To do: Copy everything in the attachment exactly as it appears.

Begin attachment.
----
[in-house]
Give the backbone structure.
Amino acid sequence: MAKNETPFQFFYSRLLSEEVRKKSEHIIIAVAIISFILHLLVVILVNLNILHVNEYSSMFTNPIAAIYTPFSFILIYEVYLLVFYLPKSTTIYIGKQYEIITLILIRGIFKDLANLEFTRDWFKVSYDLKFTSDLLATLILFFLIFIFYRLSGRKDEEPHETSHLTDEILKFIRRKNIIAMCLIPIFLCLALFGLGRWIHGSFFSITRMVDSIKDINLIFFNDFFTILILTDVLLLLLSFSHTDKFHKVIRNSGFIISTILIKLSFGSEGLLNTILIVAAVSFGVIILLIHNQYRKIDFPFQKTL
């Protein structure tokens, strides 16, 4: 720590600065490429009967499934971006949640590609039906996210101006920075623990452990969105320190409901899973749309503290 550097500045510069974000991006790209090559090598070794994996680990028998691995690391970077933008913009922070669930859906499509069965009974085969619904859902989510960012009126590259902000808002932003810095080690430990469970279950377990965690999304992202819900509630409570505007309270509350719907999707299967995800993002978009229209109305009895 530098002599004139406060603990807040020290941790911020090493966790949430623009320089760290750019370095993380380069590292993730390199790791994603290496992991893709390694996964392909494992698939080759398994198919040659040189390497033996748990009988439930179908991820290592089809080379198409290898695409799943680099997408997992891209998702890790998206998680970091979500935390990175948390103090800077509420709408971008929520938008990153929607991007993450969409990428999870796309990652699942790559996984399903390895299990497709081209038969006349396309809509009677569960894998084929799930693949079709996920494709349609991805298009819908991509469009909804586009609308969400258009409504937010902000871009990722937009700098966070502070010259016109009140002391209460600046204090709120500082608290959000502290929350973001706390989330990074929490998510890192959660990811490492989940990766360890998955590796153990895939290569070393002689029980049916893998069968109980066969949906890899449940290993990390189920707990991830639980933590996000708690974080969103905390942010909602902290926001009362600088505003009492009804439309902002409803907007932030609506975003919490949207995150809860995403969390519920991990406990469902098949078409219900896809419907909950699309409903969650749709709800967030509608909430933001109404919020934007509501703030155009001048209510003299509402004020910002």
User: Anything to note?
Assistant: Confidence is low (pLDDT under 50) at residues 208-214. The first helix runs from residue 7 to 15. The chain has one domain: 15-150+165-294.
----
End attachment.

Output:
[in-house]
Give the backbone structure.
Amino acid sequence: MAKNETPFQFFYSRLLSEEVRKKSEHIIIAVAIISFILHLLVVILVNLNILHVNEYSSMFTNPIAAIYTPFSFILIYEVYLLVFYLPKSTTIYIGKQYEIITLILIRGIFKDLANLEFTRDWFKVSYDLKFTSDLLATLILFFLIFIFYRLSGRKDEEPHETSHLTDEILKFIRRKNIIAMCLIPIFLCLALFGLGRWIHGSFFSITRMVDSIKDINLIFFNDFFTILILTDVLLLLLSFSHTDKFHKVIRNSGFIISTILIKLSFGSEGLLNTILIVAAVSFGVIILLIHNQYRKIDFPFQKTL
């Protein structure tokens, strides 16, 4: 720590600065490429009967499934971006949640590609039906996210101006920075623990452990969105320190409901899973749309503290 550097500045510069974000991006790209090559090598070794994996680990028998691995690391970077933008913009922070669930859906499509069965009974085969619904859902989510960012009126590259902000808002932003810095080690430990469970279950377990965690999304992202819900509630409570505007309270509350719907999707299967995800993002978009229209109305009895 530098002599004139406060603990807040020290941790911020090493966790949430623009320089760290750019370095993380380069590292993730390199790791994603290496992991893709390694996964392909494992698939080759398994198919040659040189390497033996748990009988439930179908991820290592089809080379198409290898695409799943680099997408997992891209998702890790998206998680970091979500935390990175948390103090800077509420709408971008929520938008990153929607991007993450969409990428999870796309990652699942790559996984399903390895299990497709081209038969006349396309809509009677569960894998084929799930693949079709996920494709349609991805298009819908991509469009909804586009609308969400258009409504937010902000871009990722937009700098966070502070010259016109009140002391209460600046204090709120500082608290959000502290929350973001706390989330990074929490998510890192959660990811490492989940990766360890998955590796153990895939290569070393002689029980049916893998069968109980066969949906890899449940290993990390189920707990991830639980933590996000708690974080969103905390942010909602902290926001009362600088505003009492009804439309902002409803907007932030609506975003919490949207995150809860995403969390519920991990406990469902098949078409219900896809419907909950699309409903969650749709709800967030509608909430933001109404919020934007509501703030155009001048209510003299509402004020910002």
User: Anything to note?
Assistant: Confidence is low (pLDDT under 50) at residues 208-214. The first helix runs from residue 7 to 15. The chain has one domain: 15-150+165-294.